How often have you read a book that you can apply the principles immediately, even while reading the book? I am talking about Inception style “dream within a dream.” That is exactly what happened to me while I read make it stick. The book is about how we learn and retain information effectively and I found myself applying the techniques to solidify the learning strategies in the book. When this happens, you know you found a real gem. You haven’t even put the book down and you are already finding ways to apply it.
One of the biggest takeaways was how important retrieval practice is for durable learning. Retrieval practice means self-quizzing on material you have previously learned. Rather than rereading a textbook or notes, you ask yourself questions which require you to retrieve the information from memory. This habit requires more effort but leads to deeper learning. The illustration given in the book is that learning anything new is like adding beads to a string for a necklace. You can add many beads to the string but unless you tie a knot at the end, the beads will slip off. The beads are compared to all the new things you learn. Retrieval practice is compared to tying the knot on the end of the string. The more you recall learned information, the better your knot and the more snug your beads will remain.
A real world application of retrieval practice is reflection. Since reading this book I have been trying to apply this by reflecting on my day at work. I think about the conversations I had, about the meetings I was a part of, the deliverables my team sent out, presentations I gave, and communication I had with my clients. I ask myself questions like:
- What went right?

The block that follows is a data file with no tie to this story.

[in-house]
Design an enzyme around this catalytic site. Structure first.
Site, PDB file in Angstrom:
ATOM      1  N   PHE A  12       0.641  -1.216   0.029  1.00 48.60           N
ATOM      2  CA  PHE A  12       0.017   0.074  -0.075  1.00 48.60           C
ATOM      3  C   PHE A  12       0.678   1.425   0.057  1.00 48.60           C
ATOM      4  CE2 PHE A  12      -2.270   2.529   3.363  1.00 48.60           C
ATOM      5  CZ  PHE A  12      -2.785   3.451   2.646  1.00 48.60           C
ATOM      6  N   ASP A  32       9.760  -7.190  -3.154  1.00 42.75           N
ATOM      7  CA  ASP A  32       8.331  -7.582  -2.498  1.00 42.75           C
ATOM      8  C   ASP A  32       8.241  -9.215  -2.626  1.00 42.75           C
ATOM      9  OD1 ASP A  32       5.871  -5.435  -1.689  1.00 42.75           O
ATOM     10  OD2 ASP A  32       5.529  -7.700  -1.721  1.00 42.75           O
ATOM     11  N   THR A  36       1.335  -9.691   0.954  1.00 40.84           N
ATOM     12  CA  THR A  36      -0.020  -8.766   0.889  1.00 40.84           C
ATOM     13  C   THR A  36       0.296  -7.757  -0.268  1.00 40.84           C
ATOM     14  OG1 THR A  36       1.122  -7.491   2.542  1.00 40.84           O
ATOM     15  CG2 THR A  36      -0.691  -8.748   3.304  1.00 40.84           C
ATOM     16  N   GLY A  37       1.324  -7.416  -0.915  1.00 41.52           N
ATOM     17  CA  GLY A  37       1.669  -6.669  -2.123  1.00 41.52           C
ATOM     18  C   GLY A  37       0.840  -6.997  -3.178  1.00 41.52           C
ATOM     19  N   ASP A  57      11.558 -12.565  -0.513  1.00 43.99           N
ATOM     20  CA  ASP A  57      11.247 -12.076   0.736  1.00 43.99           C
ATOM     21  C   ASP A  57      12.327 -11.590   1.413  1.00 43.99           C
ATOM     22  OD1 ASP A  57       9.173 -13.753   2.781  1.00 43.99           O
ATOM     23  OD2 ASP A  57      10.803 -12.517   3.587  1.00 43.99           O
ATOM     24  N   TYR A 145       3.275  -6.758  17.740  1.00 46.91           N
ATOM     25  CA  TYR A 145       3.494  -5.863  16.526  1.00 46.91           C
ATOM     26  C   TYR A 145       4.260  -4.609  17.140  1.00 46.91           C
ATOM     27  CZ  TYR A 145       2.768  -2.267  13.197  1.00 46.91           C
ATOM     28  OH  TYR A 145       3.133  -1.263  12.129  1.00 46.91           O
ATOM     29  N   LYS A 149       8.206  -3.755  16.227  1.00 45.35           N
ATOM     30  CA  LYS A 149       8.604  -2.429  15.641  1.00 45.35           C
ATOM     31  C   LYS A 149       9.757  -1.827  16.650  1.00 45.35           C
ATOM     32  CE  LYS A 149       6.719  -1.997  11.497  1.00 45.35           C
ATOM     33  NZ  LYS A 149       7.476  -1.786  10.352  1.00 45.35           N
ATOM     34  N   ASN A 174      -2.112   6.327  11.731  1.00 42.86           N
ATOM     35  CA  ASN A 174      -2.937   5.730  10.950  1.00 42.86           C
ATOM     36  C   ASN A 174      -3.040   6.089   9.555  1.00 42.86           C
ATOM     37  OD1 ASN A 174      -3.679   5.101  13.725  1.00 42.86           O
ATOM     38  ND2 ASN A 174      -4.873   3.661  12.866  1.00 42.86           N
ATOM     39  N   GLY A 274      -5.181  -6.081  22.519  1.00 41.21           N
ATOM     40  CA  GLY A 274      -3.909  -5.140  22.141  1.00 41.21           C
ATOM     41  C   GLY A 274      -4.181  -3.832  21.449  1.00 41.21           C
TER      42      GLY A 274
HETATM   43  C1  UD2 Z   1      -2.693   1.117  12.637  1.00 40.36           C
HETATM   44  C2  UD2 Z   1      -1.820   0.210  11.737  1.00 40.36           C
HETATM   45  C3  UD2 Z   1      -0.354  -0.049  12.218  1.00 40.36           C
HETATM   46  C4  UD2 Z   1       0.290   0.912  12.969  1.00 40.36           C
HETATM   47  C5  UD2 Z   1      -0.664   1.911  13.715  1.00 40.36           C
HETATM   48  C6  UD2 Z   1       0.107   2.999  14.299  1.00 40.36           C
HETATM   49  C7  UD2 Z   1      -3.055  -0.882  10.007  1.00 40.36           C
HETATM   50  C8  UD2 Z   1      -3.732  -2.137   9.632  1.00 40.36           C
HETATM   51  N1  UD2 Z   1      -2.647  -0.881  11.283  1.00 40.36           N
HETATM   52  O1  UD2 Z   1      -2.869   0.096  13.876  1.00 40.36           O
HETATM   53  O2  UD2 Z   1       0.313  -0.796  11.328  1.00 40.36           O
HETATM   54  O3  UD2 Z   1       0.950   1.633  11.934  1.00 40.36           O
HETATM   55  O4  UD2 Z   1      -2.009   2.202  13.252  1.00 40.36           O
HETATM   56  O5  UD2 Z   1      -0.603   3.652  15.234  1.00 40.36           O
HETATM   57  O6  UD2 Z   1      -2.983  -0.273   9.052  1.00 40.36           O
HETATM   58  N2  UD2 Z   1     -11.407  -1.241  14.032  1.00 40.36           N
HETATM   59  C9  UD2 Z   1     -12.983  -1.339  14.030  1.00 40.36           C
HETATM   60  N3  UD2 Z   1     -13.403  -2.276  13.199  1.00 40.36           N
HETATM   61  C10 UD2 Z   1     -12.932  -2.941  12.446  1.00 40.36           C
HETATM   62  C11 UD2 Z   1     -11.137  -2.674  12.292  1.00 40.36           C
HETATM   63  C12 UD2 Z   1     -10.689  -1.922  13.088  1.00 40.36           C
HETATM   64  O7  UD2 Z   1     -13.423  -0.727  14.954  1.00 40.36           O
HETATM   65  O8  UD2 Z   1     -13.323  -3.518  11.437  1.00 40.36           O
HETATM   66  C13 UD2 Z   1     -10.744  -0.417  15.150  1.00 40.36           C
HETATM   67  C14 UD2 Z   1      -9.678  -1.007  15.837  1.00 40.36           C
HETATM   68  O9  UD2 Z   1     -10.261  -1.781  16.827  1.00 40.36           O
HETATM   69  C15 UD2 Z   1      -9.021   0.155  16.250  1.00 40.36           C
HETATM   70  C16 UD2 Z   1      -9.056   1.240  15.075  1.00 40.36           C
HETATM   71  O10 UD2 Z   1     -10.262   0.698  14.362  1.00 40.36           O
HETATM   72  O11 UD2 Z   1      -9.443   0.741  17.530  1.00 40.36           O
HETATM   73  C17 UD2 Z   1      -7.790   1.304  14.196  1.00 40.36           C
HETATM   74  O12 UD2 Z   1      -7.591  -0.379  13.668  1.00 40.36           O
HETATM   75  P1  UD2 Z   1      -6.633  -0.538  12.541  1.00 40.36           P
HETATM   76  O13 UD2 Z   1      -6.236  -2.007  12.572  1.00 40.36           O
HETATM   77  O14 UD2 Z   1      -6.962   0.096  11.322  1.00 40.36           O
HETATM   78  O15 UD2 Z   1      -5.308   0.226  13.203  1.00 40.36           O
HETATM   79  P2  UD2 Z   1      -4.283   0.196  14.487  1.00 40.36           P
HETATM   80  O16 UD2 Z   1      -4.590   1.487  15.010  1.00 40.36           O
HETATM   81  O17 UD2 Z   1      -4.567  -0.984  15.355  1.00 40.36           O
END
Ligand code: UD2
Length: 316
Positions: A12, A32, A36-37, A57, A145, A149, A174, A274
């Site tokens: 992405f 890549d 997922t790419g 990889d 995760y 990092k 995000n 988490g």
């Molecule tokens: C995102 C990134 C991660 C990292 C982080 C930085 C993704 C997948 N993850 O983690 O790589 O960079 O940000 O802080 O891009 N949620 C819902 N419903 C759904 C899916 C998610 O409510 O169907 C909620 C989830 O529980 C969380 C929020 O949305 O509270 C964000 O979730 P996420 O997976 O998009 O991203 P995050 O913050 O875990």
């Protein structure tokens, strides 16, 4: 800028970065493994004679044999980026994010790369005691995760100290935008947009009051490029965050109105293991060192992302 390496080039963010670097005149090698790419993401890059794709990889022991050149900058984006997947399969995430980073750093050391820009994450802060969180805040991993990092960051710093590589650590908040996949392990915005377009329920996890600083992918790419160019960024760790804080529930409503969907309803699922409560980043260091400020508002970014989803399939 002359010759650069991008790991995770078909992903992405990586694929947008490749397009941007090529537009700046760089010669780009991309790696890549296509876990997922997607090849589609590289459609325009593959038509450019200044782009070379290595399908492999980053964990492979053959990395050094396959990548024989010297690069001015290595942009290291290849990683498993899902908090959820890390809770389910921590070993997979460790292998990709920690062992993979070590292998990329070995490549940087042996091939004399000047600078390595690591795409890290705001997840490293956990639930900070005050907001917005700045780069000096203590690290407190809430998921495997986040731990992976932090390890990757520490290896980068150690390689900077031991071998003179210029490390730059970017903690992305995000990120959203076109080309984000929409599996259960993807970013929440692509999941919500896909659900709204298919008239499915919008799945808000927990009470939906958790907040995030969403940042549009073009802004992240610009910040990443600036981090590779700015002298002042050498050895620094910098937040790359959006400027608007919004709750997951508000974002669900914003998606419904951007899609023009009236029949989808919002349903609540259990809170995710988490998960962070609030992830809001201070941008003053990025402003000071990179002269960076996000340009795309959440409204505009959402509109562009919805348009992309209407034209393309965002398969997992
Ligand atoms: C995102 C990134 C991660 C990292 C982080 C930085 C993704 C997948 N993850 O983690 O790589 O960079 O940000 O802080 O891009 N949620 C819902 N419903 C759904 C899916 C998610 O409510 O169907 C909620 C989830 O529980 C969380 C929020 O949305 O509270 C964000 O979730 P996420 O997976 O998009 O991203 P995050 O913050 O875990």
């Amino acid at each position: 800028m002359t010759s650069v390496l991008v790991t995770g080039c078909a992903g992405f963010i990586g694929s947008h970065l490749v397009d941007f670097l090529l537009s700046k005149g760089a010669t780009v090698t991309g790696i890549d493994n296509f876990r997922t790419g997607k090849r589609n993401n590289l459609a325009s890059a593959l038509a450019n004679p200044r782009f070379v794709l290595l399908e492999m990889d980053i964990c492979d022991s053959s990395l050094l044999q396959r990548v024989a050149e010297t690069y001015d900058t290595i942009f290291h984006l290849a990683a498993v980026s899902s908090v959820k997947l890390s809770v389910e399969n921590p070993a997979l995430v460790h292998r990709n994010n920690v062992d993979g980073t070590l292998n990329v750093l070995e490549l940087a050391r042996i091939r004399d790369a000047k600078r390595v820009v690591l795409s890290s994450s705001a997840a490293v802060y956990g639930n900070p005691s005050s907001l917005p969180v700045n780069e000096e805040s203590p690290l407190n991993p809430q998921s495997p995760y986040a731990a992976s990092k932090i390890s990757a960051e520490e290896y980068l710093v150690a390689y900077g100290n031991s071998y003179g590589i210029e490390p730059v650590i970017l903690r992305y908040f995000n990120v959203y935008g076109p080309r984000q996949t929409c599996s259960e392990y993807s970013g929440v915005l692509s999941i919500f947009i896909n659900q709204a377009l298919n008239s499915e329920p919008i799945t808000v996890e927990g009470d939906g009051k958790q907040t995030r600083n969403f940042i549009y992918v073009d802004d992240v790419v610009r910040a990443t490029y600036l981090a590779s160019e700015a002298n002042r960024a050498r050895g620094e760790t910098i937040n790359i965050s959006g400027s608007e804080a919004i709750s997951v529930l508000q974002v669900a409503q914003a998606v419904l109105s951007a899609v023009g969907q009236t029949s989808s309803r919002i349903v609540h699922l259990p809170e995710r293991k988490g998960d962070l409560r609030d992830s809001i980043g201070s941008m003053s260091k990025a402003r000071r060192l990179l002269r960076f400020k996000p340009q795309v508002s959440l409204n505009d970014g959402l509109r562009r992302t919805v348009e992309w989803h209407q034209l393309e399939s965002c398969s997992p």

- What went wrong?
- What might I do differently next time?
I have a journal which I used to write down my thoughts. This practice helps me recall what works and what doesn’t so that I will be better prepared next time.
Another takeaway from the book was the authors perspective on failure. In the west we relate error to failure and achievement to ability. This is a fixed mindset (for more on this read Carol Dweck’s book Mindset). A fixed mindset means you see yourself as having a fixed intelligence that cannot really be changed. With this mindset if you fail or make an error it means you are not intelligent. The opposite of this mindset is the growth mindset. With the growth mindset you do not see your intelligence as fixed. Failure does not mean you are unintelligent, it just means you have work to do. We should see failure as a badge of effort. In order to learn new things we must focus on what is difficult not what is easy but this means we may fail. Mistakes can be good teachers as long as we are open to the feedback. We should look at mistakes and problems as good information not failure.
The two different mindsets also lead to different goals. When you have a fixed mindset you tend to set performance goals which will help validate your ability. This can cause you to shy away from challenges because you may worry you won’t succeed which will prove you aren’t as smart as you thought. On the other hand, a growth mindset tends to lead you to learning goals. With learning goals you are attempting to learn more and increase your skill. You pick challenges and see setbacks as useful information on where you should focus more effort to get better. I have been trying to apply this at work in the way I perceive difficult projects or tasks. When I get assigned a difficult project with many challenging aspects, rather than seeing it as a problem and complain, I want to train myself to see it as a learning opportunity. The challenges will help me become a better engineer as long as I learn from them.
The principles in this book have helped me understand how to obtain deeper learning through retrieval practice. A real world application of this is reflection. I reflect on my day, the challenges I faced, what I can learn from them, and how I can be better. I also learned that it is far more satisfying to have a growth mindset coupled with setting learning goals. With this mindset my intelligence is not fixed, I have room to reach my potential, and I can see failure and setbacks as useful information rather than a lid.